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Palm Beach, Florida
Location of Palm Beach, Florida
U.S. Census Bureau map showing town boundaries
|• Total||10.4 sq mi (27.0 km2)|
|• Land||3.9 sq mi (10.2 km2)|
|• Water||6.5 sq mi (16.9 km2)|
|Elevation||7 ft (2 m)|
|• Density||2,669.2/sq mi (1,030.6/km2)|
|Time zone||UTC-5 (Eastern (EST))|
|• Summer (DST)||UTC-4 (EDT)|
|GNIS feature ID||0288390|
The Town of Palm Beach is an incorporated town in Palm Beach County, Florida, United States. The Intracoastal Waterway separates it from the cities of West Palm Beach and Lake Worth. As of 2004, 9,860 people lived there.
Palm Beach began as a resort town when Henry Morrison Flagler, a founder of Standard Oil, built the Florida East Coast Railway down the coast of Florida. In the center of the community, Flagler built two luxury resort hotels, the Royal Poinciana Hotel and The Breakers Hotel. West Palm Beach was built across Lake Worth as a service town, and is now a major city.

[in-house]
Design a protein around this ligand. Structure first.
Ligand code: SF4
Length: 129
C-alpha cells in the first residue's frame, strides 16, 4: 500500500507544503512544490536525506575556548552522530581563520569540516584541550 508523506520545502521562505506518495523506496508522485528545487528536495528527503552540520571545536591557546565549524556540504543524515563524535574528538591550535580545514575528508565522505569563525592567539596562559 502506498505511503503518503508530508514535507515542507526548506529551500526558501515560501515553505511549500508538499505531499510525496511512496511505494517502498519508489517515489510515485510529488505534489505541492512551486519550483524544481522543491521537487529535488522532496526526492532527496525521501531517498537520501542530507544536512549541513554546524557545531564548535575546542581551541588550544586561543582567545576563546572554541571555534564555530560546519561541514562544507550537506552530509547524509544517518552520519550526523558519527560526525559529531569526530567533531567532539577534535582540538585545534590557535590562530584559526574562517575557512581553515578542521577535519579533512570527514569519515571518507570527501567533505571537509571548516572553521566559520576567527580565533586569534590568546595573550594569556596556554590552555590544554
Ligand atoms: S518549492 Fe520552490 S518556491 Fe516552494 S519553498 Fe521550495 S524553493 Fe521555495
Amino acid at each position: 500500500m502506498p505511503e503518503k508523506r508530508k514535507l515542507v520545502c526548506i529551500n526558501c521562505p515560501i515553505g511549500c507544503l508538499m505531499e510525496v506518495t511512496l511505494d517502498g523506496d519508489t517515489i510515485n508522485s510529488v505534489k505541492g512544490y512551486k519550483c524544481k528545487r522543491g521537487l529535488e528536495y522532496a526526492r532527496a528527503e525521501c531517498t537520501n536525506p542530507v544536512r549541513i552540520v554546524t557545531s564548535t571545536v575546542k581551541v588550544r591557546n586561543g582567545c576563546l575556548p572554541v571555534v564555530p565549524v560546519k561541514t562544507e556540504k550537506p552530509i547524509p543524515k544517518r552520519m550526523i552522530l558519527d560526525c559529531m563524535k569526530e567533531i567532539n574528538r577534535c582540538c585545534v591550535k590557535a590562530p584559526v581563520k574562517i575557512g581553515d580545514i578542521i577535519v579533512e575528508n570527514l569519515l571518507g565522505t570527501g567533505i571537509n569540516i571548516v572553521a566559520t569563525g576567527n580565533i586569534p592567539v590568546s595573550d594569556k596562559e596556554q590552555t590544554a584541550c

Flagler's land for houses was bought by people active in the Gilded Age, and in 1902 Flagler himself built a Beaux-Arts mansion named Whitehall, designed by the New York–based firm Carrère and Hastings and helped start the Palm Beach winter "season" by entertaining visitors. The town was incorporated on April 17, 1911.
An area known as the Styx housed many of the servants, most of whom were black. The workers rented their small houses from the landowners. In the early 1900s the land owners agreed to evict all of the residents of the Styx (who moved to West Palm Beach) and Edward R. Bradley bought up much of this land.
- "American FactFinder". United States Census Bureau. http://factfinder.census.gov. Retrieved 2008-01-31.
- "US Board on Geographic Names". United States Geological Survey. 2007-10-25. http://geonames.usgs.gov. Retrieved 2008-01-31.
- United States Census
- "Madoff scandal stuns Palm Beach Jewish community". Reuters. 2008-12-19. https://www.reuters.com/article/newsOne/idUSTRE4BI0YR20081219?pageNumber=2&virtualBrandChannel=0. Retrieved 2008-12-20.
- "The Styx: Removal". Palm Beach County History Online. 1910-03-22. http://www.pbchistoryonline.org/page/the-styx. Retrieved 2010-10-25.